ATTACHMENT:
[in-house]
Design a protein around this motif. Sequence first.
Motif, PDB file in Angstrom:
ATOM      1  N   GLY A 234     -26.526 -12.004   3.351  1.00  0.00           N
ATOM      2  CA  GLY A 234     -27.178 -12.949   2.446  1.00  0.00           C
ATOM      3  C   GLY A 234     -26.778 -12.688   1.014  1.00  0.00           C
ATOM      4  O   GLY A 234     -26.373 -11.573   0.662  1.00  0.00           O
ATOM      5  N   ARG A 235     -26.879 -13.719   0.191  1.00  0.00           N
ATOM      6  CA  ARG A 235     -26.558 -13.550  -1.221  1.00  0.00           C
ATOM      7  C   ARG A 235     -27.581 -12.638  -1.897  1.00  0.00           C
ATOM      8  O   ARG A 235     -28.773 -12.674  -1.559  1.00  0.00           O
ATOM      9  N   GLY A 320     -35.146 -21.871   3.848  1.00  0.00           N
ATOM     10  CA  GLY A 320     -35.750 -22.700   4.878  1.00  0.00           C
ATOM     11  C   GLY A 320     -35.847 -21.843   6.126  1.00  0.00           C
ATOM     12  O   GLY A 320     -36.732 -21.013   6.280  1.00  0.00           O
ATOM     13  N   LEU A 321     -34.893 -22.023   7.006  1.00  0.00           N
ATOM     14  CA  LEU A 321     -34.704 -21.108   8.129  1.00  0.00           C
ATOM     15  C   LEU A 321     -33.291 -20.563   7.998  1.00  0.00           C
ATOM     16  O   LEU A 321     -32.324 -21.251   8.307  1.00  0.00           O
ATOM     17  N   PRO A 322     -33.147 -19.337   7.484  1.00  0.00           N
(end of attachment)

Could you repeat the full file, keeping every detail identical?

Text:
[in-house]
Design a protein around this motif. Sequence first.
Motif, PDB file in Angstrom:
ATOM      1  N   GLY A 234     -26.526 -12.004   3.351  1.00  0.00           N
ATOM      2  CA  GLY A 234     -27.178 -12.949   2.446  1.00  0.00           C
ATOM      3  C   GLY A 234     -26.778 -12.688   1.014  1.00  0.00           C
ATOM      4  O   GLY A 234     -26.373 -11.573   0.662  1.00  0.00           O
ATOM      5  N   ARG A 235     -26.879 -13.719   0.191  1.00  0.00           N
ATOM      6  CA  ARG A 235     -26.558 -13.550  -1.221  1.00  0.00           C
ATOM      7  C   ARG A 235     -27.581 -12.638  -1.897  1.00  0.00           C
ATOM      8  O   ARG A 235     -28.773 -12.674  -1.559  1.00  0.00           O
ATOM      9  N   GLY A 320     -35.146 -21.871   3.848  1.00  0.00           N
ATOM     10  CA  GLY A 320     -35.750 -22.700   4.878  1.00  0.00           C
ATOM     11  C   GLY A 320     -35.847 -21.843   6.126  1.00  0.00           C
ATOM     12  O   GLY A 320     -36.732 -21.013   6.280  1.00  0.00           O
ATOM     13  N   LEU A 321     -34.893 -22.023   7.006  1.00  0.00           N
ATOM     14  CA  LEU A 321     -34.704 -21.108   8.129  1.00  0.00           C
ATOM     15  C   LEU A 321     -33.291 -20.563   7.998  1.00  0.00           C
ATOM     16  O   LEU A 321     -32.324 -21.251   8.307  1.00  0.00           O
ATOM     17  N   PRO A 322     -33.147 -19.337   7.484  1.00  0.00           N